A major aim of my book is to counter the trivialization of sin while avoiding the mistaken view that the magnitude of sin is best measured by the magnitude of divine vengeance. I argue, instead, that it is above all in encountering God’s radically forgiving passion of love (passio caritatis) “that our heart is shaken by the horror and weight of sin” (Catechism #1432).
CWR: Why is the Mystery of the Trinity so vital to illuminating the mystery of atonement?
Dr. Turek: As I noted just now, sin is a mystery of Trinitarian proportions. Sin possesses an infinite quality inasmuch as it is the rejection of a gift of infinite magnitude: the passionate love with which the Father wants to beget (divinize) human beings as adopted sons, children, in his Only-Begotten Son. Seen from the vantage point of the Trinity, sin in its deepest character is an inter-personal event between ‘Father’ and ‘son’.
If this is true, then we can begin to see why atonement is also a mystery of Trinitarian proportions. The Cross event demonstrates the Trinity’s determination to stick to the ultimate aim of creation: God creates human beings with the aim of drawing us into the mystery of divine generation. Or what amounts to the same: God creates human beings for participation in the Son’s personal relation to the Father within the Trinity. For us and for our salvation, the Father made the Son “to be sin” (2 Cor 5:21) because those who became sinners were made to become sons.
My book makes the case that what is at stake in the Christian doctrine of atonement is nothing less than the Christian doctrine of God, the eternal Trinity. It argues that if we are to do justice to biblical revelation, we must take account of the profoundly inter-personal quality of the process by which sin is eliminated. To see into the heart of the Cross event is to see that forgiveness and atonement are rooted in the Trinity like fatherhood and sonship. It is to see the Cross event as a dramatic epiphany, shaped in response to sin, of the mystery of the triune God who is caritas (cf. 1 Jn 4:7-10).
CWR: You cover a lot of ground in your chapter on atonement in the Old Testament: what are a couple of key insights that you highlight?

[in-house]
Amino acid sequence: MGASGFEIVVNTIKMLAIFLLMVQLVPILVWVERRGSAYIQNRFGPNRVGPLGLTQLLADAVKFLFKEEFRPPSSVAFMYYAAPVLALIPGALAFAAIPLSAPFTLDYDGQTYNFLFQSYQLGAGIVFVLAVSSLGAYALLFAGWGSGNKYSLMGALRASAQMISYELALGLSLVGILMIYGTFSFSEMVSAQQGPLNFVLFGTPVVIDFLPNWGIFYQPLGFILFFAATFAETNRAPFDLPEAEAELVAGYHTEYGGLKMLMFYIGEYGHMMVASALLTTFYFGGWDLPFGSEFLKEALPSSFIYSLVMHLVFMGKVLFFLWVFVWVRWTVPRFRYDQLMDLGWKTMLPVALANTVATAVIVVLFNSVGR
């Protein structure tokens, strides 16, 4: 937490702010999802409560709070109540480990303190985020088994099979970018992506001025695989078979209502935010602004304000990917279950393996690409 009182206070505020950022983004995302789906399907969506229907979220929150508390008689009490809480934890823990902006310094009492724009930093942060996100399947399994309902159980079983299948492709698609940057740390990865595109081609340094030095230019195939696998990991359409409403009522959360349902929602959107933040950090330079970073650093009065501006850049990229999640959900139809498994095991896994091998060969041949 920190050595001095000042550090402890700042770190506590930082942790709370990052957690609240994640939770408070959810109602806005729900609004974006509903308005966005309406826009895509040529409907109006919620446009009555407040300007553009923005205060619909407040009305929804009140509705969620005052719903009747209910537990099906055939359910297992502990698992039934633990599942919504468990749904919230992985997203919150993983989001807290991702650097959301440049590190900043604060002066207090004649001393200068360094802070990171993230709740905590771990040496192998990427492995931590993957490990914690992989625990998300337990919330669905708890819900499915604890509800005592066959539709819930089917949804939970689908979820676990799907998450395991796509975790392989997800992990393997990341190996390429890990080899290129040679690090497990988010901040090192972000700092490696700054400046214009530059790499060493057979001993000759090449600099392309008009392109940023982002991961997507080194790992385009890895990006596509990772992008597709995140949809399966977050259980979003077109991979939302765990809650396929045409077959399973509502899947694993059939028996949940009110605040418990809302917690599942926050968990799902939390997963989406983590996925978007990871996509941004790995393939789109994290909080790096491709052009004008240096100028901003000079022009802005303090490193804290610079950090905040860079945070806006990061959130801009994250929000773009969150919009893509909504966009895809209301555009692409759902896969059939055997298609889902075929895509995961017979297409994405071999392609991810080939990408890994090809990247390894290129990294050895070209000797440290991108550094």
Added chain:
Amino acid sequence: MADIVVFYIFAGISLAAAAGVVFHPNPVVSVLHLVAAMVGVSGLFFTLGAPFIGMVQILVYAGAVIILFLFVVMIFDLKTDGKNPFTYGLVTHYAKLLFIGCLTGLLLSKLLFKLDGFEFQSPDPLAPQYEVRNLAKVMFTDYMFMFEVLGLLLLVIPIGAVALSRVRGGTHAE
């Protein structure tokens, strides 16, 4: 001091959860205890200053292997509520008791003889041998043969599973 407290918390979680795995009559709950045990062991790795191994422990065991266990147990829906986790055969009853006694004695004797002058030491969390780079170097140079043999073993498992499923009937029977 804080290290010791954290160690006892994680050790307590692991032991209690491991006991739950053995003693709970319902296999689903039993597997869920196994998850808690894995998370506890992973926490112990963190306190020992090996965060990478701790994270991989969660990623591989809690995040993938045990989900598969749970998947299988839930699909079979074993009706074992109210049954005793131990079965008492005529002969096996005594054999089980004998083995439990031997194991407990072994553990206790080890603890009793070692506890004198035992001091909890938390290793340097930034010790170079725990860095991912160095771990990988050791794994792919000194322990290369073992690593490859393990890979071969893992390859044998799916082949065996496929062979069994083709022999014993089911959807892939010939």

Dr. Turek: Earlier we acknowledged that a defective notion of divine wrath has provoked a negative reaction to the Christian doctrine of atonement. All the same, my book does not simply ignore or cast aside the many (and there are many) biblical references to God’s anger in the both the Old and the New Testaments. Instead of dismissing the biblical testimony to God’s wrath as primitive thinking, we are to see that God’s wrath has an integral role to play in enabling his filial beloved to atone for sin, yet without misconstruing it along the lines of celestial child abuse. In my book, the notion of God’s wrath is purified of violent aims separated from love, and the redemptive purpose of divine wrath/judgment in the Bible is given its due attention.
I might add that for all the concern to understand atonement in light of the mystery of the Trinity, the book consistently relies on the life-testimonial of the prophets, the martyrs, and the saints. Perceiving Christ to be the keystone of God’s relationship with humanity, the book highlights Christological images and patterns in the experiences of both the prophets of Israel (in Chapter 1) and the saints of the Church (in Chapter 3). By virtue of their participation in the mission of Christ, these holy men and women enable us to understand the mystery of atonement “from within” their concrete personal histories.